Call Out To All TCKs
Call Out To All TCKs
  • Reporter Lee Seung-Joo
  • 승인 2018.12.12 13:31
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The world has gone through numerous changes due to industrialization and the development of transportation systems. As accessibility to resources, products, and customers from foreign countries, competition between firms became global. To satisfy and understand the different needs of people from various cultural, religious and language backgrounds, firms sent people to different countries to develop more thorough management and marketing skills. Among many sent abroad, my father was also ‘chosen’ to the honor of taking on the responsibility of being sent abroad and becoming in charge of an overseas branch office. “This will be a great change for you.” My father always remarked. Indeed, the experience of living abroad has gained me numerous advantages: proficient language skills, numerous exotic experiences, a flexible personality and an open-minded perspective. However, the continuous transitions that repeatedly messed up my daily life have made me lack a sense of belonging to any country. I’m a Korean according to my records and passport, but I will never feel completely ‘Korean.’. But this doesn’t make me American, Canadian, or Chinese. I belong in a new category: TCK.
TCK is an abbreviation for Three Country Kid, a term coined in the 1950s by a asociologist and anthropologist Ruth Hill Useem. It defines “individuals who spent a significant part of the developmental years in a culture other than that of their parents that develop a sense of relationship to both cultures.” TCKs, as briefly introduced above, possess multiple advantages. Internet sources remark on some “common characteristics of TCKs” that TCKs tend to possess an expanded and three-dimensional worldview, higher tolerance level to changes, cross-cultural capacities, and proficient language abilities. The downsides, however, includes the lack of sense of belonging, loyalty towards one country, accumulated stress and anxiety from continuous transitions, and confusion in identity. 
Despite the fact that the term TCK was coined more than 50 years ago and the continuous increase in TCKs, not many people know such a term exists. Many TCKs are unaware of the term and are isolated from the fact that TCKs exist. This isn’t odd since the term TCK is introduced to people within an international and multicultural community such as international schools. However, the term TCK, in my very personal belief, should be spread widely- so that it can comfort those who are lost. Many internet users comment that their life changes 180 degrees after the realization of such a term. I, too, can add that it was an enlightening moment for me and my life to finally find a categorization to throw myself into. There was a moment of my life when I loathed the fact I was Korean, and that I had to return to Korea, that I had to move houses, cities, states, and countries. I knew that there was nothing or no one to blame, but I was confused. I thought that I belonged nowhere and this lost sense of belonging slowly devoured me from the inside. However, the moment that I was asked “Oh, then are you a TCK as well?” by a fellow classmate on my first day of international school, I was introduced to a new world. My school provided me lectures, classes, and fellow TCKs to provide me with a belonging- a group to classify me in. However, I am sure-and correct- that there are others who still remain in the unstable state in the middle of nowhere unable to settle on one identity.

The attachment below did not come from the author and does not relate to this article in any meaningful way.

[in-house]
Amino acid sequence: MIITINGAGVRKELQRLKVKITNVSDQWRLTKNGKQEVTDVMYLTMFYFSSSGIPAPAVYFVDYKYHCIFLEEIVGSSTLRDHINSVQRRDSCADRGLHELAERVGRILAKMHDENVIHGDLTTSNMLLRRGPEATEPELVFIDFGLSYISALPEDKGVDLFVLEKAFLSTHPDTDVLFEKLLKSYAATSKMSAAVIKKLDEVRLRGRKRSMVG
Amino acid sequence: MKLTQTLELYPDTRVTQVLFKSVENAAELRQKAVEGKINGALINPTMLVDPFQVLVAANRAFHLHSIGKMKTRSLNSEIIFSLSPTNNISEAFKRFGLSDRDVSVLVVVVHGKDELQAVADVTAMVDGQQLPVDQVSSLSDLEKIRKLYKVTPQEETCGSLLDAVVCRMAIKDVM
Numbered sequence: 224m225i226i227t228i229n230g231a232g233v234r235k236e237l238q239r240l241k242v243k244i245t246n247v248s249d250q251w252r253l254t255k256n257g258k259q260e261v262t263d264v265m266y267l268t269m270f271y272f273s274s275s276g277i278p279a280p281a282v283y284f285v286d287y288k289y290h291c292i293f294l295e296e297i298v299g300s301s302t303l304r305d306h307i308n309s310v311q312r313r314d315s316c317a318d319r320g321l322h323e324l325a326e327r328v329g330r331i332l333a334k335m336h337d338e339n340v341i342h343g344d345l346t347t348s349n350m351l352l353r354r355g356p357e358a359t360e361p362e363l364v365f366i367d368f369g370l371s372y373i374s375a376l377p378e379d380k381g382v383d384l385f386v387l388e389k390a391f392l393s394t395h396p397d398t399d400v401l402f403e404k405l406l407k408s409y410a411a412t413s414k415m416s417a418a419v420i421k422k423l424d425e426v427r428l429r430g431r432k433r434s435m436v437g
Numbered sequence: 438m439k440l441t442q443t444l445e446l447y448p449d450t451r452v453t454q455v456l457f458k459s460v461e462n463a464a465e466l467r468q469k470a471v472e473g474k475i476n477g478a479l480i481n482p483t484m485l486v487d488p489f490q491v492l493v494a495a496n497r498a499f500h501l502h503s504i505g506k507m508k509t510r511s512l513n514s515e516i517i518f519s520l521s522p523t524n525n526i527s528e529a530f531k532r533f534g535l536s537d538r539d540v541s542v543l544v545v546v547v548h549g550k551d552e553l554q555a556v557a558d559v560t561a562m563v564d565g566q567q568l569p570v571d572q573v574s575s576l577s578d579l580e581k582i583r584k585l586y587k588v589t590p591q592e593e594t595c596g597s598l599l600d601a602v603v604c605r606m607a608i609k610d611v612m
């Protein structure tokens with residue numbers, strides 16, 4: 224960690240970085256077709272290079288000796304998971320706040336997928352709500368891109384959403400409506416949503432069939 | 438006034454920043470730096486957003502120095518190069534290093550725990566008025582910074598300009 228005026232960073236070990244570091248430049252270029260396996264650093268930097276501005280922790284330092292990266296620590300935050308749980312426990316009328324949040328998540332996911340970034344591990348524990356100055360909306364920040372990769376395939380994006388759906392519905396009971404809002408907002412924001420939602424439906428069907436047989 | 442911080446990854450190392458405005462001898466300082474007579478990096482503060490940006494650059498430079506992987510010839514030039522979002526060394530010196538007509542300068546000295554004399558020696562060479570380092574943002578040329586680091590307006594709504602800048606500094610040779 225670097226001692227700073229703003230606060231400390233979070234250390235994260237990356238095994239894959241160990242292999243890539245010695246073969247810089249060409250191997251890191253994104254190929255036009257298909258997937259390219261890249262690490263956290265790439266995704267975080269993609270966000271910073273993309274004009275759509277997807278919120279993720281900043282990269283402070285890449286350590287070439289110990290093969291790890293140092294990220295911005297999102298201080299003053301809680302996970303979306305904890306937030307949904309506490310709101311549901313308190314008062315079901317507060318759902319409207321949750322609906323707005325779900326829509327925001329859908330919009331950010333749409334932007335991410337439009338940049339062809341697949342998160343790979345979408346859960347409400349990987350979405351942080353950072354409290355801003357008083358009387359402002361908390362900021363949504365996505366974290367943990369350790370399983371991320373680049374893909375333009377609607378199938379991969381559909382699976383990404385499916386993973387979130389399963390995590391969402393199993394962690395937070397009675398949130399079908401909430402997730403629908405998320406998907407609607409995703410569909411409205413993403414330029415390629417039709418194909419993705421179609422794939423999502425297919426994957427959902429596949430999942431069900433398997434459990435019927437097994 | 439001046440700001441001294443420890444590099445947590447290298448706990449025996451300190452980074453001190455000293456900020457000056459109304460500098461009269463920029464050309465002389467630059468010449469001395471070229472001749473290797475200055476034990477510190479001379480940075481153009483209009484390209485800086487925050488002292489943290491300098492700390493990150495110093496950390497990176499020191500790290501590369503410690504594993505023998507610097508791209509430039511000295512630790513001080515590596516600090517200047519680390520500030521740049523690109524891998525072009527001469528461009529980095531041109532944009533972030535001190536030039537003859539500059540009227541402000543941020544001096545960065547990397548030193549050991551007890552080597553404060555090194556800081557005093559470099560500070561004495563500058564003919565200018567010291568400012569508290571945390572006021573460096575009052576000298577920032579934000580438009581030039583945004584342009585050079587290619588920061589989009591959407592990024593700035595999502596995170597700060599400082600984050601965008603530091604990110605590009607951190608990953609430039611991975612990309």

So I call out to all TCKs out there- those who feel that they somehow fit the description I detailed in this article. Google ‘TCK’ and read articles, research, blogs, or anything that can tell you about TCK that will ease your anxiety. 
Remember, you are not alone in this world.